Tuesday, March 21, 2006

Can we worship with the instrument?

For many years I have heard that worshiping with the instrument is a matter of conscience and tradition. The thought was that while churches of Christ preferred to sing a cappella, that this was a tradition and optional. The other option for them was to use the instrument.

It is to their benefit to proclaim a cappella music merely as a tradition, because this would put singing and playing in their mind on equal footing--one as good as the other. The only problem is that singing (speaking, teaching, admonishing, confessing, giving thanks) is Biblically instructed (Eph. 5:19; Col. :16; Heb. 13:15) as the fruit of our lips. It is not a human tradition but a divine one (2 Thess. 2:15; 3:6). There is Biblical injunction and exhortation to do that. As for playing instruments, the Scriptures are silent. Opponents from the beginning have clearly admitted that.

George P. Slade argued as late as 1878 that psallo and psalmos meant that we ought to use the instrument of music in our worship. They took an old view of psallo and psalmos out of context and pressed it to mean something it did not mean. Later debaters stepped back from the view that we "ought" to use the instrument to the view that psallo and psalmos "permitted" the use of the instrument.

Everett Ferguson said of psallo, “If the precise meaning of certain verses may be in doubt, what is clear is that an instrument did not inhere in the word psallo in the Septuagint (the Greek translation of the Hebrew Old Testament, dating 150-250 BC). Psallo could translate a word meaning ‘play’ (nagan), or a general word (zamar). The meaning which would cover all occurrences is ‘make melody.’ This could include making melody on an instrument, but in the preponderance of occurrences it clearly refers to making melody with the voice.”

F. F. Bruce said of psallo in Eph. 5:19, “Nor should the etymological force of the terms be pressed, as though psalmos inevitably meant a song sung to the accompaniment of a stringed instrument…while such plucking of the strings is the original sense of psallo…it is used in the NT with the meaning ‘to sing psalms.’” In confirmation of this view, the Greek Orthodox Church
(who knows Greek better than anyone) has never used instruments of music in worship.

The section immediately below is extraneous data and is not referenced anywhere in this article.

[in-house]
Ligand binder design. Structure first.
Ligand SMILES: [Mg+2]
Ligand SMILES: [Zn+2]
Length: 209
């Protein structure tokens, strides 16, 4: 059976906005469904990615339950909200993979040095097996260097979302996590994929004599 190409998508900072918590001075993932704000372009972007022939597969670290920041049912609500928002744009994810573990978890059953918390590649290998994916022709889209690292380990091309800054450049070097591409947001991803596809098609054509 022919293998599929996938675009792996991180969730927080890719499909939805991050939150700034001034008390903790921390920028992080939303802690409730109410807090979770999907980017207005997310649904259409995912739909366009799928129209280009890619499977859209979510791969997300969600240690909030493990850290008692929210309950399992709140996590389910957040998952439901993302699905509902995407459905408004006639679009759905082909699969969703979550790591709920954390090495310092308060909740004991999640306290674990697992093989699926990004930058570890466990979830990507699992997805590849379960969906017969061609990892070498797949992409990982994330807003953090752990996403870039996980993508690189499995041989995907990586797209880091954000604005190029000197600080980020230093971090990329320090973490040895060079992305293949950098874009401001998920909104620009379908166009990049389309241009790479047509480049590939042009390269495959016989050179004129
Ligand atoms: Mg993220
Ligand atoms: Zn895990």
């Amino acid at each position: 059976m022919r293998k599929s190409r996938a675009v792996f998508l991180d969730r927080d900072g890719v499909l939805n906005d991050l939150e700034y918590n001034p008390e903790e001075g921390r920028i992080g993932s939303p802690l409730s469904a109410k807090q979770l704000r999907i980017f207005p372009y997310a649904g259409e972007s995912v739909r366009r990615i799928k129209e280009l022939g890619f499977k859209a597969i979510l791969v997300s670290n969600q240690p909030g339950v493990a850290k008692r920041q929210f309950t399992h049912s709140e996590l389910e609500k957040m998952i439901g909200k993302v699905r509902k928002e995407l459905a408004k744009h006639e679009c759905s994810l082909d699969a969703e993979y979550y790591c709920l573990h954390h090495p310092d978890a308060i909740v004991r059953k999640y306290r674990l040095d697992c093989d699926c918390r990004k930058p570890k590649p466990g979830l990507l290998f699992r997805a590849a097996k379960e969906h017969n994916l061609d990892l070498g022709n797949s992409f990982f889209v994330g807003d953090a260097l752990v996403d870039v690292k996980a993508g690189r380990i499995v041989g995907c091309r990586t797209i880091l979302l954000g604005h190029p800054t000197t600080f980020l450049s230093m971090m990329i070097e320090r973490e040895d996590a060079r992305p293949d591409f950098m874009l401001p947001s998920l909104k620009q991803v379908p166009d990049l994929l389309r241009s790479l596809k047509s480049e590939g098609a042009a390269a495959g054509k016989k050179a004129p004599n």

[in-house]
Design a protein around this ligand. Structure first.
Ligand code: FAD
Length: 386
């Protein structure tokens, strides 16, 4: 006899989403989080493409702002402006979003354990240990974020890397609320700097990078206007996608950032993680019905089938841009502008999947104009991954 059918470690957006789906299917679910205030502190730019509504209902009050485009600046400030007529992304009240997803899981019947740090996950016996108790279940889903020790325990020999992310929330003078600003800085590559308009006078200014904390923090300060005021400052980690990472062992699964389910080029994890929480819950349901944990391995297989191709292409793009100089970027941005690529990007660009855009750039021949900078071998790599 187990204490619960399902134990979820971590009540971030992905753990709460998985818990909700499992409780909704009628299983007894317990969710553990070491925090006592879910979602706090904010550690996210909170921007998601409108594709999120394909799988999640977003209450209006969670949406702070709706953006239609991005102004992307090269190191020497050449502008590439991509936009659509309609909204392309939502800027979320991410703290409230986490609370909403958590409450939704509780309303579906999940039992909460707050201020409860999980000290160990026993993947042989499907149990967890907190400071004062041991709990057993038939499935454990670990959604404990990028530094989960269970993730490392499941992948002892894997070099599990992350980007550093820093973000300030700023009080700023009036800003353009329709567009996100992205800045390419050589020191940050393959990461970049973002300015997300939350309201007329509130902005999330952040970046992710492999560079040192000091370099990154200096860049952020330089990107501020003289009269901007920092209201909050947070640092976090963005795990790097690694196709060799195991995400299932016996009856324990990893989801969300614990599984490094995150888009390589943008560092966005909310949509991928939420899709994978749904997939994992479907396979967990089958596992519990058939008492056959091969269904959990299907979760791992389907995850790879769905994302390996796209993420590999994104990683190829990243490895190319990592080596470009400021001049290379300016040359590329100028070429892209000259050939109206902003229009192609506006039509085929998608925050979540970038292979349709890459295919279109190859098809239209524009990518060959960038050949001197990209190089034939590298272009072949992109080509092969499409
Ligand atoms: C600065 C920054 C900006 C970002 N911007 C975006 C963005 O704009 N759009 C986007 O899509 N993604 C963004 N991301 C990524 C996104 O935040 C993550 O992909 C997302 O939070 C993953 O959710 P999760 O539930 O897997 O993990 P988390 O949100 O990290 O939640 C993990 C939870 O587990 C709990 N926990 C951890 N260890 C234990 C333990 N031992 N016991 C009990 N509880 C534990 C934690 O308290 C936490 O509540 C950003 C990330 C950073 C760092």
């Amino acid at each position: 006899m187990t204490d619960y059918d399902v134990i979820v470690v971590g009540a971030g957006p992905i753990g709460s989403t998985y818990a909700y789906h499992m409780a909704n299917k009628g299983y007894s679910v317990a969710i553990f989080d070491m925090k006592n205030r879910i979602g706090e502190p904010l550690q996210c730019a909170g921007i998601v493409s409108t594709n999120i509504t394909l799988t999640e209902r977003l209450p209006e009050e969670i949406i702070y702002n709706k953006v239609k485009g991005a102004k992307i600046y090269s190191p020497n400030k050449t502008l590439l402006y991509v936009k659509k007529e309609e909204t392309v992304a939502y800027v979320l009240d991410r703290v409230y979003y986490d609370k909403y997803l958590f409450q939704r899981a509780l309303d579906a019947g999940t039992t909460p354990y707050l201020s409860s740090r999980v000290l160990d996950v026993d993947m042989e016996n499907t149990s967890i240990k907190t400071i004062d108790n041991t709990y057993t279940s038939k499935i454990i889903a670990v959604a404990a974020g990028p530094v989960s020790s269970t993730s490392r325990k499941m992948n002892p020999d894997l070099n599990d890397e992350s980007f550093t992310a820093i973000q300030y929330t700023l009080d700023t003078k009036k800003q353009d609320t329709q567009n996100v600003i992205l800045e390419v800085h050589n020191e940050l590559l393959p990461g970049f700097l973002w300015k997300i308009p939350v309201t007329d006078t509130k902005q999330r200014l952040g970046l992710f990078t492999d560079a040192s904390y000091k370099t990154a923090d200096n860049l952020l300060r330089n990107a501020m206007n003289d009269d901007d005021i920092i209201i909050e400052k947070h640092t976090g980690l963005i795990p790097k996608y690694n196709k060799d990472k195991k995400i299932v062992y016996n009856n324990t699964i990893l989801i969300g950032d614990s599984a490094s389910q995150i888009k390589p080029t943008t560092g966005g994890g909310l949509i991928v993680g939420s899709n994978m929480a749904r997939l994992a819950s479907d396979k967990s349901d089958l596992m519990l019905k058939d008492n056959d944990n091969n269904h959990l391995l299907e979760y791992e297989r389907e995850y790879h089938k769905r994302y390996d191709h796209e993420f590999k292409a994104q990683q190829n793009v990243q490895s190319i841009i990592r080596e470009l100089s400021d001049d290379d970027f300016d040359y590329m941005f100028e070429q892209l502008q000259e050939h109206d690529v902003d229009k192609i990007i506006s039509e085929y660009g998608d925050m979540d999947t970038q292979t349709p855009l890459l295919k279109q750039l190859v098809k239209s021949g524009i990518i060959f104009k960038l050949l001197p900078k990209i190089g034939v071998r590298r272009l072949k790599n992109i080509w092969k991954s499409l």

While some have abandoned the idea that psallo requires the use of an instrument, they today suggest that it permits the use of the instrument in Ephesians 5:19. If this were so, the first readers of the epistle of Ephesians and early churches did not know it. If Paul indeed was permitting the use instruments, we are at a loss to explain why early churches so adamantly and uniformly opposed them. Actually, no ancient writer ever made the argument that psallo and psalmos permitted the use of instruments is worship.

In fact, George P. Slade in 1878 was the first ever to argue that psallo or psalmos permitted the
instrument even if the instrument is not mentioned. Early Christians never understood the context of Ephesians or Colossians to demand or permit instruments.

The first rule of hermeneutics in the study of words is that a word does not and cannot mean what the author and the first readers did not understand it to mean. Whatever the words psalmos and psallo meant to them, it could not have demanded or permitted the use of instruments. The universal opposition to the use of instruments among the early church fathers makes it clear they understood the epistles of Ephesians and Colossians to teach vocal music only.

Ferguson explained that early Christians drew the meaning of the words psallo and psalmos from their regular practice in the synagogue (which did not use instruments of music). They frequently psalloed psalms in the synagogue without the use of instruments at all. So when the early Christians thought of singing psalms from their hearts, their first thought was not to grab a harp but merely to sing. And that's what they did for centuries, considering the use of instruments to be Judaizing or worldly in nature. They wanted pure worship without the corruptions of the religions around them or the worship of the Temple.

We can read the practice and instruction to sing in the New Testament. But one must use extraordinary means to try to find an instrument in Christian worship. Indeed one must be guilty of eisegesis (reading into the text).

Would it not be better simply to do what God's word says? Would it not be better to simply sing and end the division between us? Loving the Lord means that we will follow His teaching and obey His will (John 14:15). We urge all men everywhere to follow the New Testament pattern of singing and to avoid adding an instrument to their musical worship.

May God open our eyes and hearts to a deeper love for truth and for each other.

For more about Music in New Testament worship go to:

In Christian love,

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